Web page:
Granny flat grants could spark wars..

Ever eyed up your mother-in-law’s detached period home? Sitting on an acre in a leafy suburb? Lofted hall features, a graceful original staircase- whatever about the potential out the back.

Why she can’t just, well give it to you? After all, she spends most of her time in the kitchen, never heats the place. Even on Christmas Day all you get is a gas heater and some deckchairs in the living room. The things you could do with that attic.

It’s unfair isn’t it? I mean why should the elderly have big old houses, and not us. Especially as they’re not making use of space. We get the dregs. The overpriced one beds for a family of four in a new build.

Luckily Senator Ross has a solution. ‘Granny flat grants,’ are aimed at meeting the needs of older people by splitting their homes into two separate units.

The grants would be great for “converting under-occupied family homes” into “self-contained ground floor accommodation suitable for the needs of the older home owner” while the upstairs area would become available for lodgers or be made available for family.

It’s not a bad idea, but I fear it could be open to abuse.

Just think of the family feuds. Parents in their early 70s getting eked out by their kids and their families. Childless siblings not getting a look in. “Well you don’t have kids, we need it more.”

Parents in their prime, wondering why they’re stuck in the garden flat with no sunlight when they still like to listen to Led Zeppelin from time to time and now have to listen to the pitter patter of toddler feet on the wooden floors above.

I’m being devil’s advocate here, but these things do need to be considered, if the grand becomes available. We don’t know the terms and the financials have yet to be trashed out, but very often, when you mix property, family, money and inheritance in a giant cauldron, the perfect storm bubbles and thickens as though one had stirred a roux of cornflour and butter into it.

‘Our family is lovely and we look after our elderly parents without such battles.’ Of course, but blood could be spilled down the line. Family feuds aren’t isolated things.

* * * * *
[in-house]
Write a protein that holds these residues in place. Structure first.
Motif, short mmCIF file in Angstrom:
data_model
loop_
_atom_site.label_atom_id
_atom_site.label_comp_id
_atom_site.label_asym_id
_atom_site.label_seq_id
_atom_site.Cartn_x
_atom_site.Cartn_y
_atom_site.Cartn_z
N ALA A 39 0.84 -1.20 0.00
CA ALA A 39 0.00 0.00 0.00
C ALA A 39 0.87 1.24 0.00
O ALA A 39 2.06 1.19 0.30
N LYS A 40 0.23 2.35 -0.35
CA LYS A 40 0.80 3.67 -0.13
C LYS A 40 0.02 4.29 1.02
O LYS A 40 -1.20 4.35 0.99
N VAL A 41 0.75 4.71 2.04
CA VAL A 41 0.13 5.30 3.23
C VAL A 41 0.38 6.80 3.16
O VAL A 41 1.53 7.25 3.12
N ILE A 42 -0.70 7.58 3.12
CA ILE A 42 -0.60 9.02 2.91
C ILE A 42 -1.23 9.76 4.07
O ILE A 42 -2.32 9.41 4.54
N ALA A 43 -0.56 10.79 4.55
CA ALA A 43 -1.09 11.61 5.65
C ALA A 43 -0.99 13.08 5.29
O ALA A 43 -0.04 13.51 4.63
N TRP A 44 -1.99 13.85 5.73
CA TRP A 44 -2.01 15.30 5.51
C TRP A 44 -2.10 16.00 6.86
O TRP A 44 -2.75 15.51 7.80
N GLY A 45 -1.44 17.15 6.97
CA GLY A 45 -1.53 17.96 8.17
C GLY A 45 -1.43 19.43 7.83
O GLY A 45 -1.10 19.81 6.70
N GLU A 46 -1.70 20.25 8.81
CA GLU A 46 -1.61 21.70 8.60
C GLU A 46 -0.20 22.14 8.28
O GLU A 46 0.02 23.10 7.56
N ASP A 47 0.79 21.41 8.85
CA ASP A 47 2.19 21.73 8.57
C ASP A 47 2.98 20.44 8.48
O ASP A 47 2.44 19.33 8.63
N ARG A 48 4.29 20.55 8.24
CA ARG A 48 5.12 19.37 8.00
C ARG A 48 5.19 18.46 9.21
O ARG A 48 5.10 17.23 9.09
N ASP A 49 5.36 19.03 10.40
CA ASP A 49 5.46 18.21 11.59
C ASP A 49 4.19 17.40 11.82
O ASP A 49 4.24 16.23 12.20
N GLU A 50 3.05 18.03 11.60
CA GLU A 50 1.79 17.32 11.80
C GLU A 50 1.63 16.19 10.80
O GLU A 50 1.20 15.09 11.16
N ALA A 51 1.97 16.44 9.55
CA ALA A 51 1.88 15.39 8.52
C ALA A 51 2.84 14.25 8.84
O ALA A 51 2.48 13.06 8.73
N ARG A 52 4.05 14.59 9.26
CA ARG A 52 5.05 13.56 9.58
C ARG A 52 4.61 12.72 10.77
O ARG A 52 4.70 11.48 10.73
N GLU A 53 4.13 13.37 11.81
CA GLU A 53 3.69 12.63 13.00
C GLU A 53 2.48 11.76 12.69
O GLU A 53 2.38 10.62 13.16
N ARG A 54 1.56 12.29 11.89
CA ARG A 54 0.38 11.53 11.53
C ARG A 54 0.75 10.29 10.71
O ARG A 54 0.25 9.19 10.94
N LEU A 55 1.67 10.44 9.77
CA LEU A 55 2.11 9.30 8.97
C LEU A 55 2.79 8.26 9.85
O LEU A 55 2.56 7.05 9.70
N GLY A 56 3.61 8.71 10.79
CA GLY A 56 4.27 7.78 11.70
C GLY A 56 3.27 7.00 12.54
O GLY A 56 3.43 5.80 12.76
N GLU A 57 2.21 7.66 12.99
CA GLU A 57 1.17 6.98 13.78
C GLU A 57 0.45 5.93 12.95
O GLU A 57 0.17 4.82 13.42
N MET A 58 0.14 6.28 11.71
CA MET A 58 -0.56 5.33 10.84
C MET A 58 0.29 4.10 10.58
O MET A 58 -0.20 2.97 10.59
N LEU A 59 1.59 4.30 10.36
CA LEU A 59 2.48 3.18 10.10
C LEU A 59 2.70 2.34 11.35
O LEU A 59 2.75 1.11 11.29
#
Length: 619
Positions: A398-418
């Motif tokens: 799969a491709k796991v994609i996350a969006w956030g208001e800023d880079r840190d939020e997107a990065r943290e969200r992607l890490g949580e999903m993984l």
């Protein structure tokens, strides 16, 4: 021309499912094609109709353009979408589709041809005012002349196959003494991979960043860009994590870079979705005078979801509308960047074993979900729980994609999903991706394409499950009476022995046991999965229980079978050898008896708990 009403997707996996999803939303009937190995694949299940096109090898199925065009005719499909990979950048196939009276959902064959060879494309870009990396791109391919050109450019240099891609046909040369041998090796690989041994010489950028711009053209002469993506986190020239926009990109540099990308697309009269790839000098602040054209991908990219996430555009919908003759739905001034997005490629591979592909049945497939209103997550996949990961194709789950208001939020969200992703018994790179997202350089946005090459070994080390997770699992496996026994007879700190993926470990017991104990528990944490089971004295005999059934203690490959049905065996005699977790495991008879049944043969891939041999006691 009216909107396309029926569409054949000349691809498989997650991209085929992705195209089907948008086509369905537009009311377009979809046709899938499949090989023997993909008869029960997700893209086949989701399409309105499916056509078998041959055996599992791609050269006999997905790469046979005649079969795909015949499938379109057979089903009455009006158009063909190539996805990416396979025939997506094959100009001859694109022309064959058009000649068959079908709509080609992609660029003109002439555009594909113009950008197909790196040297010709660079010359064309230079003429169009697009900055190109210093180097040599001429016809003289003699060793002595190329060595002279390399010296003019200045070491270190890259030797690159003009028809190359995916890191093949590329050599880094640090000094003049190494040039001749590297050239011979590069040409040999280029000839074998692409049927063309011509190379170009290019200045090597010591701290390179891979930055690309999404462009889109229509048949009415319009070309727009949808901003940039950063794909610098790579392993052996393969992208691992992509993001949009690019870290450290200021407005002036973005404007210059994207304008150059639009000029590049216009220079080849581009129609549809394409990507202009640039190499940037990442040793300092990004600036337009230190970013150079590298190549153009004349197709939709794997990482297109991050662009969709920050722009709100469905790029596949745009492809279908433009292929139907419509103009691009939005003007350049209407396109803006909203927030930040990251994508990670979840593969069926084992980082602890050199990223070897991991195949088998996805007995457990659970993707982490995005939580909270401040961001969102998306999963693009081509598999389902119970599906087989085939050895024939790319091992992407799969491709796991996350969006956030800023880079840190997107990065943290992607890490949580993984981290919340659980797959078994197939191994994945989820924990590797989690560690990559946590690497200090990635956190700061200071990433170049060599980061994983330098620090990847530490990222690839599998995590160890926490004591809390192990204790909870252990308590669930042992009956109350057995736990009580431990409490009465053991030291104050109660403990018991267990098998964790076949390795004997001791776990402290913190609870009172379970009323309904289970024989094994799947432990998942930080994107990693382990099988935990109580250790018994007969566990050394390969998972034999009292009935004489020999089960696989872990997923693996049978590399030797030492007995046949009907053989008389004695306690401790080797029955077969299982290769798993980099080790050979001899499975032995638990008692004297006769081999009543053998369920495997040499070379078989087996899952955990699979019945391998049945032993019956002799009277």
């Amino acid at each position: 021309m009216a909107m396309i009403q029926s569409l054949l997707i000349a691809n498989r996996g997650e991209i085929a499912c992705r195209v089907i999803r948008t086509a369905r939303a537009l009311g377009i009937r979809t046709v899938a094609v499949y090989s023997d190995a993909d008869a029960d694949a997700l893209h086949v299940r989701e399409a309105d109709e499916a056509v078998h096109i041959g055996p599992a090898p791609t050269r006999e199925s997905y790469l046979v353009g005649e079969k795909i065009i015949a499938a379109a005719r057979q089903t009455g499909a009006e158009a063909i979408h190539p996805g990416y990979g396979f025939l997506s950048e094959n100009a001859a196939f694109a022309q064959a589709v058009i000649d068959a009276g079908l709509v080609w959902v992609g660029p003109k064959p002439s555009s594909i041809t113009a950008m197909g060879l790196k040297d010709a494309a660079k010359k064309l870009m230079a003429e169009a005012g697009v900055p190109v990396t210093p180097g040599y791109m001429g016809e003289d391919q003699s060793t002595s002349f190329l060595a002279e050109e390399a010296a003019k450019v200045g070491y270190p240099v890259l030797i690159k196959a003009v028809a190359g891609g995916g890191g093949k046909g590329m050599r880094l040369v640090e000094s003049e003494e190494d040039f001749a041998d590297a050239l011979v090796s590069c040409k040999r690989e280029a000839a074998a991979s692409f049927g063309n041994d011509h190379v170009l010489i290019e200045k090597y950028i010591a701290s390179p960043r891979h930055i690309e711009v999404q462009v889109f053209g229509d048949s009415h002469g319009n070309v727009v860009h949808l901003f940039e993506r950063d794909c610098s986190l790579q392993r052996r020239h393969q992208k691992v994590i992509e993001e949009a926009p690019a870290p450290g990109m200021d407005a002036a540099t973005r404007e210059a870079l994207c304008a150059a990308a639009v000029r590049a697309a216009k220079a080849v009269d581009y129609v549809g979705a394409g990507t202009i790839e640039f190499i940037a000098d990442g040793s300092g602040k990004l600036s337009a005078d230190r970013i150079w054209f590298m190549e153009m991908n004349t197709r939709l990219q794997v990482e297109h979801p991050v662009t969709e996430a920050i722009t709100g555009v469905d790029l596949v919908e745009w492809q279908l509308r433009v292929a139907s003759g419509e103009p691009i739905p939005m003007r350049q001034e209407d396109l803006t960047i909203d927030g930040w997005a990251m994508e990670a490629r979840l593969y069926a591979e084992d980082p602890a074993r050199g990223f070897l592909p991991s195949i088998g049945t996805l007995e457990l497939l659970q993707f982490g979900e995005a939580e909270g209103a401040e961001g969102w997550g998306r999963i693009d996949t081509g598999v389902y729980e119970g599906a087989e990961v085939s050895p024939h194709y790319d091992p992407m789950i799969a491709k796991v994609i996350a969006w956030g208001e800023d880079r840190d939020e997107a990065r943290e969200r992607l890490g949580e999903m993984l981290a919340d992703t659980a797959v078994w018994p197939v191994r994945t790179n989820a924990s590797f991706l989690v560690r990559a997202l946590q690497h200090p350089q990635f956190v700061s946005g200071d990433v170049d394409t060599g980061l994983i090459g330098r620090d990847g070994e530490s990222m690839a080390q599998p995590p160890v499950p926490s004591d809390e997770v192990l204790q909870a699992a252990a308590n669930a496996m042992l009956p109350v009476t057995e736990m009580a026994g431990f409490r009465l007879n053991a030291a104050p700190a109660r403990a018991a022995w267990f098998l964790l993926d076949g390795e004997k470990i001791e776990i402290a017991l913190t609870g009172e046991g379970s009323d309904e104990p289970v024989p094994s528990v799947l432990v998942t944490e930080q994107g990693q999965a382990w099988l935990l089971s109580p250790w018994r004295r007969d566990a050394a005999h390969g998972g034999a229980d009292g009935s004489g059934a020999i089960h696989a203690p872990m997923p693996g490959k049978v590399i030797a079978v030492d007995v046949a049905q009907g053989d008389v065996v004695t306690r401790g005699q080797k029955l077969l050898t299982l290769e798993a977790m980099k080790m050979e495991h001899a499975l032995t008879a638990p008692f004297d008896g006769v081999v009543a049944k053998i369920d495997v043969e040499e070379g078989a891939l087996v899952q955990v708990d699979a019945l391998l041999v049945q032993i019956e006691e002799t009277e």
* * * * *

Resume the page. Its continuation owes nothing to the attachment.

Obviously the person moving in, has to have a secure tenancy, otherwise things get really tricky. Then there’s the issue of care. Will they get all care responsibility, because other siblings will see it as a fair exchange for getting to live in the family home? Everyone is right and everyone is wronged. All is fair in love and the property war after all.

Also, its assumed that granny or grandad will have their lives uprooted without a fight. Sure it’s cheaper than nursing homes, where the elderly are often not cared for properly, but the older we get, the more we get stuck in our ways and upheaval can cause untold stress.

My German granny scared off her lodgers, and didn’t want to go to an old people’s home, so we cared for her until she passed away.

What really needs to be addressed in Ireland is decent homecare. The national queue for people awaiting HSE Homecare has climbed to more than  6,100, with Mayo, Roscommon and Galway counties having in excess of 1,500 people on a waiting list for home help or home care packages.

I look forward to the day when the ’empty-nest’ pensioners aren’t targeted yet again, in another display of granny economics. It seems, in Ireland, a country, which proudly boasts that its first in so many things, the populous can’t stand on its own feet, and ultimately need granny to sort us out with everything from homes to childcare.

Is Ireland that small Do we live in Gaza? Belgium is smaller, and Luxembourg. The average rent in Luxembourg is the same as Ireland and yet, people have a very high quality of life there, and they can just afford to live down the road or beside their ageing parents. Obviously, the way rents are going, we can no longer do that.

We sell ourselves as a global player, but no one can afford a house, unless they stumbled upon one back in the 1960s for €2000.

Its called progress. Soon we may embrace the idea of the coffin flats they have in Hong Kong, -hey are practical after all.

One can’t help being cynical. I always see these schemes as slightly tokenistic, what with the election coming up and the middle class earner, who can’t afford a house needs to vote for someone.
Many will benefit from the scheme no doubt as nursing home costs could be spared, as could capital costs and the home remains with family, but wouldn’t it be nice to just also have the option of your own home close to your parents too.